At last week’s hearing, members of the City Planning Commission asked Chair Marisa Lago if the Industry City proposal had been changed at all since it was submitted, in light of public objections or the pandemic. Lago said she was not aware of any official changes, and that it was appropriate for the CPC to evaluate the application.

CPC member Orlando Marin questioned the hotel permit request in the rezoning.

“The recommendation is to have no hotels which I don’t think serves the purpose of what they are trying to do at Industry City,” he said. “If the hotel is supposed to be purpose-built for Industry City we want to make sure we provide what is necessary for Industry City, but that we also alleviate the concerns of the community and the borough president.”

Marin asked Connie Chan, a city planner from the Department of City Planning who gave the Industry City rezoning presentation to the CPC, if the applicants could also give a reason for their calculations for how many hotel rooms it planned based on square footage. Marin said in the last CPC presentation, Industry City wanted to compete with similar projects in Philadelphia where there was one room for every 32,000 square feet, while Industry City had calculated one room for every 16,000 square feet, and Marin wanted to know the reason behind doubling up the number of rooms. Lago interjected to confirm that Industry City was planning to remove the hotels when its application was received by the City Council.

CPC members David Burney said the other objections about the project raised by Menchaca and the Community Board were not trivial, and that the proposed project represents a “struggle for the soul of Industry City, whether or not it was for its original purpose of light industrial use and workforce development or was it going to give up its soul to hotels and retail and that seems to me an important issue the applicant needs to address,” he said.

Lago noted that the special permit dictates what type of business is allowed where, including restrictions on warehousing.

“The other philosophy that is at play here is first the commission and the council dictate specific uses, versus adopting a more flexible envelope, which is what the applicant has argued for, that allows the area to grow organically including changes since March, since the pandemic,” she said.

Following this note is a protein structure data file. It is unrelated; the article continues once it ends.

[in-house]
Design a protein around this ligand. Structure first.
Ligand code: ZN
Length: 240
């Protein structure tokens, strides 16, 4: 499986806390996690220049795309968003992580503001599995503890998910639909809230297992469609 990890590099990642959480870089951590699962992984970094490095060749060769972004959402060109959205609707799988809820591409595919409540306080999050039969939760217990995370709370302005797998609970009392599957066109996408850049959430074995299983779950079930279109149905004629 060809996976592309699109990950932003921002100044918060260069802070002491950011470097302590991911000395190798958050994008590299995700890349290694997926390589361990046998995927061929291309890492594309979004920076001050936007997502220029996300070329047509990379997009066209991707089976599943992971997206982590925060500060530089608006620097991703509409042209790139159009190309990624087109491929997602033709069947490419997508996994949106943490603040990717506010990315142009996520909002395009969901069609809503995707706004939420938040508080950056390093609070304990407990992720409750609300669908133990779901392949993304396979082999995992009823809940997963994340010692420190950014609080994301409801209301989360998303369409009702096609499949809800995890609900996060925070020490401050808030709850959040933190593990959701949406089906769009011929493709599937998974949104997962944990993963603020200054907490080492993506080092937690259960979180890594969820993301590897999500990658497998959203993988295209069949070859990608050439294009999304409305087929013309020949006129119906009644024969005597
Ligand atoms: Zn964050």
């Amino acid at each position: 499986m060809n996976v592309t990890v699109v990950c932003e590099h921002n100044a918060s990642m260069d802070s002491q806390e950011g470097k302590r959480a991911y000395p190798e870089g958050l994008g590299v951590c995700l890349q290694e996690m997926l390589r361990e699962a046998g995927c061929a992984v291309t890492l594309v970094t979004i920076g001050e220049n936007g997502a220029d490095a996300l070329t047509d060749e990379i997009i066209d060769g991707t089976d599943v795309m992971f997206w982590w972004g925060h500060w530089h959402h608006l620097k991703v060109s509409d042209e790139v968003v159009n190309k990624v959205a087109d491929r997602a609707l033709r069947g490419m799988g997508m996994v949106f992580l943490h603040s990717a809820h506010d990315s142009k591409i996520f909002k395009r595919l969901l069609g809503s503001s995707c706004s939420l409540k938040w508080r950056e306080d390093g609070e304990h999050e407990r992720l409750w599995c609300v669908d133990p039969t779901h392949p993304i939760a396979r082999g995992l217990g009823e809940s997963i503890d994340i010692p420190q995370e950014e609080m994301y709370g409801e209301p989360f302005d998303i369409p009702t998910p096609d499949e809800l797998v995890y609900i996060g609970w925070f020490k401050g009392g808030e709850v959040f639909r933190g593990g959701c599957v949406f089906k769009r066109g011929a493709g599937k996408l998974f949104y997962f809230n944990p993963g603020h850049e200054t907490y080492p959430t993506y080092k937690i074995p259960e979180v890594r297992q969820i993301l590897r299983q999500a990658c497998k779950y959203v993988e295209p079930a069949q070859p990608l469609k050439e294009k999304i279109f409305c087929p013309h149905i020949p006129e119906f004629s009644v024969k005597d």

“Whether it is a struggle for the soul of the neighborhood, is this an application proposal that will catalyze good jobs or is it going to accelerate residential displacement?” asked fellow Commissioner Anna Hayes Levin.

But Levin also wondered whether the requests that Menchaca and allies are making of Industry City ought to have been targeted toward the de Blasio administration instead.

CPC member Michelle de la Uz recused herself from the review session due to her role as executive director for Fifth Avenue Committee and its affiliate Neighbors Helping Neighbors, both nonprofits which work primarily in Brooklyn.

According to the Department of City Planning, another follow-up discussion on the Industry City rezoning application will be held Monday, August 17th and will be followed by the City Planning Commission vote scheduled for Wednesday, August 19th.

After the CPC vote, the City Council will automatically review the application: the subcommittee on Landmarks, Planning or Zoning gets the first look, then the full Land Use Committee weighs in, and finally the entire Council can consider the proposal. By tradition, the Council usually follows the lead of the councilmember in whose district a project falls. The body has 50 days to act on a ULURP proposal.

Published on

Aug 13, 2020 by New York Building Congress